Home Dog Adoption 6 Ways to Tell If You and Your Adopted Dog Are a...

6 Ways to Tell If You and Your Adopted Dog Are a Perfect Match

The 6 Ways to Tell If You and Your Adopted Dog Are a Perfect Match

If you’re planning to adopt a dog, here are a few tips that will help you detect if you’re perfect for each other.

Adopting a dog entails a lot of prep work, and if you're adopting one from a shelter, there's a good chance you may have your work cut out for you. Some shelter dogs might have a harder time adjusting to their new forever family but here are seven ways to tell if you've adopted a dog that’s your perfect match.

1. The dog greets you with enthusiasm

When you meet the dog for the first time, he greets you with an enthusiastic tail wag, as if he has known you all his life. There's an immediate connection right there because he may have sensed the goodness in your heart. A study in the Animal Cognition journal revealed that dogs are good at detecting if a person is trustworthy and untrustworthy, so if your first meeting was as positive as this, then it’s a good sign.

The dog makes eye contact with you

2. The dog makes eye contact with you

As with humans, making eye contact creates a deeper connection and bond. According to experts from the Azabu University in Japan via a report from CBS, puppies who gaze at their potential owners send out signals similar to the gaze that a human baby has for his mother.

In the relationship between a human and a dog, this gaze is so much more meaningful because there is no reproductive element to it and yet the pup feels bonded with his new forever owner or family.

3. The dog likes licking your hand or leaning on you

Licking in the world of dogs has several meanings, but it's also often a sign of affection, according to Animal Planet's Victoria Stilwell. Depending on the context, just like a kiss, it is how dogs show they love and enjoy being in the presence of their owners.

The dog offers his belly for you to scratch

4. The dog offers his belly for you to scratch

If the dog lies down and offers his belly up for a good scratching then it's a good sign that you and the animal are a match. If he is inviting you to pet him, it's because he's very comfortable with you.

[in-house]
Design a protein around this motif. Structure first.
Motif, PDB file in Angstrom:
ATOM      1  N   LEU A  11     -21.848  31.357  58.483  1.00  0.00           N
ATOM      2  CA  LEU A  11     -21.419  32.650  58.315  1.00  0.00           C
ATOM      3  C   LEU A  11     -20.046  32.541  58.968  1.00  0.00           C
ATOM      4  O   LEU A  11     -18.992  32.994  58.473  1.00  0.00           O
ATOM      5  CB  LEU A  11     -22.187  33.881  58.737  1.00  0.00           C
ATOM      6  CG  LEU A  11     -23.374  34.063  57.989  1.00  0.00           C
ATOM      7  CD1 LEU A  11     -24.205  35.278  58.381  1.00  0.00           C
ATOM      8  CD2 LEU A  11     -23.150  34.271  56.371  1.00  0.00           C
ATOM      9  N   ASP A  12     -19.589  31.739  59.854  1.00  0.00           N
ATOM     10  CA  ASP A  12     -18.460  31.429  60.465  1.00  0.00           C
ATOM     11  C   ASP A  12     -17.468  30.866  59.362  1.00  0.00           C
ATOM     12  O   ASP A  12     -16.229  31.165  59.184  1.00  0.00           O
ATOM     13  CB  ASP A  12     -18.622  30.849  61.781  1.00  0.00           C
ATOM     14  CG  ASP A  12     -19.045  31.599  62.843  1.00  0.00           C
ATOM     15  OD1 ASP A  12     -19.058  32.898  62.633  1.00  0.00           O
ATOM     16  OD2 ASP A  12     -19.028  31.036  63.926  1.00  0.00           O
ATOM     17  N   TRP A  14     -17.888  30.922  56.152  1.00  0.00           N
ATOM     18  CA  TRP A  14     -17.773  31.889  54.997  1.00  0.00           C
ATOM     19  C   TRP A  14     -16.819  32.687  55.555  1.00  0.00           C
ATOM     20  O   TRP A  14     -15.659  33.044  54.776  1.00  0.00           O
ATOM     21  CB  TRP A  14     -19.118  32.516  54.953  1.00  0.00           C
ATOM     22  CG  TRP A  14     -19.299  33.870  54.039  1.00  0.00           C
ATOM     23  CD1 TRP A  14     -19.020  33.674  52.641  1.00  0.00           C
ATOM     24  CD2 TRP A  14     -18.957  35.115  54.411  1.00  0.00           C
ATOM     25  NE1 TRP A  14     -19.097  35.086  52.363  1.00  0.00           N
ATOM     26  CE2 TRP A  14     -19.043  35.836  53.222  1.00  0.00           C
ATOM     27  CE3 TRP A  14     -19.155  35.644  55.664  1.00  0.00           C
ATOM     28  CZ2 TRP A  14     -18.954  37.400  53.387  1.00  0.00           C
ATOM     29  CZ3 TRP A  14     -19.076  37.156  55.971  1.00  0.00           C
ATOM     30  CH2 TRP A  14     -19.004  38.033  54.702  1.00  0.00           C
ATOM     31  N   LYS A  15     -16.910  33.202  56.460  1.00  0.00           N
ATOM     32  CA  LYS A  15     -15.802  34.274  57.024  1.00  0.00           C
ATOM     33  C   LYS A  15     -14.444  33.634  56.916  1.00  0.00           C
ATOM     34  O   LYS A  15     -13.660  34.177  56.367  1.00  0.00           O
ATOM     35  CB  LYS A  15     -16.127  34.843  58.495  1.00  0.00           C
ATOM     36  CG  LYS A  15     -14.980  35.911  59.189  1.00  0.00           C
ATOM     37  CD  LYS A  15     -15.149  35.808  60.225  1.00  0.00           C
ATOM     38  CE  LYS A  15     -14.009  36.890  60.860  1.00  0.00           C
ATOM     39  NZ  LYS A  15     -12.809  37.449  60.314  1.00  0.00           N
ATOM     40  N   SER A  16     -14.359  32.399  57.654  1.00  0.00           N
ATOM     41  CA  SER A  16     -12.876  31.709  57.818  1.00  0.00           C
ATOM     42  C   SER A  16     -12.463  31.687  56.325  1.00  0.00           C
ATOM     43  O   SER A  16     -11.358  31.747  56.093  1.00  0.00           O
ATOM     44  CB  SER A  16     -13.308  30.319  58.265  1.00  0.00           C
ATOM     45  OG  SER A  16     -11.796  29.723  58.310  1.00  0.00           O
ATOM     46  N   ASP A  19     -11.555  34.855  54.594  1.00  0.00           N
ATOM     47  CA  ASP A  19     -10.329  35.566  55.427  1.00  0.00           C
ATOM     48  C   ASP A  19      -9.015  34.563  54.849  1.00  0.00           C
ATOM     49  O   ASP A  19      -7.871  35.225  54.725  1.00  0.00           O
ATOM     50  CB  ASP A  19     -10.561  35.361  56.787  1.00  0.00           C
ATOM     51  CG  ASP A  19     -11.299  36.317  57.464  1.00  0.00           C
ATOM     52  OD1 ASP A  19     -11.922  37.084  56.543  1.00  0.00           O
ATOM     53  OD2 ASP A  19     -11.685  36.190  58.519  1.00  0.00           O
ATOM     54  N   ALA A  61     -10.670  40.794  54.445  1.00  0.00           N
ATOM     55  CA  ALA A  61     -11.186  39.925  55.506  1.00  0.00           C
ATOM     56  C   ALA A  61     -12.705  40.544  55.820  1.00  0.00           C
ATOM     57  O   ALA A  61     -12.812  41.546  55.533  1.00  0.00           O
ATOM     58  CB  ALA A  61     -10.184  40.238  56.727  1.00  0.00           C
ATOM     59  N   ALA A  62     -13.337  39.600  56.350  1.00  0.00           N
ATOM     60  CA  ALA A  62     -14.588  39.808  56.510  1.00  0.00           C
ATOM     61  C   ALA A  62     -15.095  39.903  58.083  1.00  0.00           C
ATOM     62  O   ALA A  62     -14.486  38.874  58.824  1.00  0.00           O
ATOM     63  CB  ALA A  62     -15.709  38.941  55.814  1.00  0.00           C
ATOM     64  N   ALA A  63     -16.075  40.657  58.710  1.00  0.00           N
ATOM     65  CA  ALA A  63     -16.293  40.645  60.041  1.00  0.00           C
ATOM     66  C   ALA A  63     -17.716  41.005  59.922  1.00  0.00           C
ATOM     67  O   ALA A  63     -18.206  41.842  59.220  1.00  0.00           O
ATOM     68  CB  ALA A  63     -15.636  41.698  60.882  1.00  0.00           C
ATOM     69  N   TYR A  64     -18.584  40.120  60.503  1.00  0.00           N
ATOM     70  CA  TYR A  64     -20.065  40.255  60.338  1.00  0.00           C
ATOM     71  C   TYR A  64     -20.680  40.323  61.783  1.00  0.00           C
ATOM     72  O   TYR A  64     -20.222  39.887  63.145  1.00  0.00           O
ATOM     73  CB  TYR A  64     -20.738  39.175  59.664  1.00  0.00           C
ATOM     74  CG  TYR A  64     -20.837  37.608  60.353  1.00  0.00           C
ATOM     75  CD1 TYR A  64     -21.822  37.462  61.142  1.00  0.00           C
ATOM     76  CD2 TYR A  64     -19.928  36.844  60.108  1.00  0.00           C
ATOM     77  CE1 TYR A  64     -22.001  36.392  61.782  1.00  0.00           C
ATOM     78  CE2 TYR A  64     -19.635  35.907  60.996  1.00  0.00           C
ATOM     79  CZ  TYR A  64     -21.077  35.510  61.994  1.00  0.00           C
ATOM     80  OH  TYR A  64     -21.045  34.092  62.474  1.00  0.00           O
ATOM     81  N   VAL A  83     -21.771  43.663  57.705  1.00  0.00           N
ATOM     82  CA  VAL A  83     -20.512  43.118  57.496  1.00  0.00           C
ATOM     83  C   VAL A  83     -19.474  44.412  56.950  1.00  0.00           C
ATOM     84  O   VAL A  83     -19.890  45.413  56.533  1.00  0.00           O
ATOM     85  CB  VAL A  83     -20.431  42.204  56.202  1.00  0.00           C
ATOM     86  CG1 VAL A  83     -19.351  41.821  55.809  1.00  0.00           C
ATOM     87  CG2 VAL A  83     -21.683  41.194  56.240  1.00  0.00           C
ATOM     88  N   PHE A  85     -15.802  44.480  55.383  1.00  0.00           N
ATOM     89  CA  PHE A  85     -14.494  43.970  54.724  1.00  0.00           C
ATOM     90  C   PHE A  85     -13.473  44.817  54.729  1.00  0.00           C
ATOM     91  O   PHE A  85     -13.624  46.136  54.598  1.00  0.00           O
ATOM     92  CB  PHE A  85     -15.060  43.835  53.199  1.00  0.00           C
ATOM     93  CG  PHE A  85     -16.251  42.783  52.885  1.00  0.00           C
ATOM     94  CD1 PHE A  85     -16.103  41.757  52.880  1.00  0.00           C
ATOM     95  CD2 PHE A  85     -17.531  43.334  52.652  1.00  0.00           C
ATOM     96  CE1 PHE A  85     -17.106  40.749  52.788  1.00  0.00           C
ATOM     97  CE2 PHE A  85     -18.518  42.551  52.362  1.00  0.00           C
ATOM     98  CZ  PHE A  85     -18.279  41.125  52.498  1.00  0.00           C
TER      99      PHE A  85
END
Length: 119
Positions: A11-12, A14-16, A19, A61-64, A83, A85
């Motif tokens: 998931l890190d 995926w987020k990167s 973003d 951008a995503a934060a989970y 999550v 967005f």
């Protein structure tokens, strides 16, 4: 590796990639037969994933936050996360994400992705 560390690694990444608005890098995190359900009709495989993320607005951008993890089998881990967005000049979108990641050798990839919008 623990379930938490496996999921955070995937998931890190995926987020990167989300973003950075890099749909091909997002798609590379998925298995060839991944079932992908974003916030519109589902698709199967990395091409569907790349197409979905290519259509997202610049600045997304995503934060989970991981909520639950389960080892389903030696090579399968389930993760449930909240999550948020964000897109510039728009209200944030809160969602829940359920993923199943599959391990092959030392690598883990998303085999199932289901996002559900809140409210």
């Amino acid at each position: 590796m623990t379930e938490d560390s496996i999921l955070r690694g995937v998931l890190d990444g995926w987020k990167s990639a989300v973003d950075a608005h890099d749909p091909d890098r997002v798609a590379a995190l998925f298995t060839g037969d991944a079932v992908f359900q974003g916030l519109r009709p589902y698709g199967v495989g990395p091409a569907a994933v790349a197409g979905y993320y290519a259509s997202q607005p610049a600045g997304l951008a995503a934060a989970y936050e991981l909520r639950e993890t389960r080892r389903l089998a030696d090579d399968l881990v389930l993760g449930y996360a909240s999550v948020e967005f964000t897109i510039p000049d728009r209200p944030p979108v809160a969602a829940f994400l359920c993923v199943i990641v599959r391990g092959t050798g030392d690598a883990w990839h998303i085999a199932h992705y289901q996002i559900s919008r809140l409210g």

But then, this body language is also the ultimate sign of submission, especially if it's your first few encounters with the dog. In this case, he might be saying that he doesn't want to upset you or that he's feeling a bit tensed but he doesn't want any conflict.

For good measure, always study the way the dog bellies up when you’re around. While it doesn't immediately mean that he will not enjoy getting a belly rub, try to carefully sit down next to him and see that he doesn't flinch if you get closer and closer.

5. The dog feels relaxed and content next to you

You’ve found your perfect match at the shelter if the dog’s body language is very relaxed and calm, peaceful when he’s around you. This means that he is comfortable with your presence.

A dog that's not comfortable will bend and cower his body, or stiffen at your touch, or remain motionless, according to the American Kennel Club. Sometimes, a dog may even be aggressive. His body language will convey he's scared and under stress, which are often signs of abuse the dog has experienced in the past.

The dog likes to cuddle next to you

6. The dog likes to cuddle next to you

Dogs from shelters often experienced so much hardship that they can't easily trust humans, let alone be near them or cuddle with them. But cuddling is bonding gesture for people and it's apparently the same for dogs. If your newly adopted pup likes to do this often with you, then it's also a good sign that he's slowly adjusting to his new life with you. He finally feels home in your presence. Some breeds are more cuddly than others, too.

READ NEXT: Science of Human-Dog Psychology – Are You and Your Dog a Good Match?

Camden Savage is a Phoenix based writer, vegan, cupcake addict and dog lover. Years in the animal rescue trenches have taught her every aspect of dog ownership from behavioral problems, personality and breed specific trait differences of all dogs.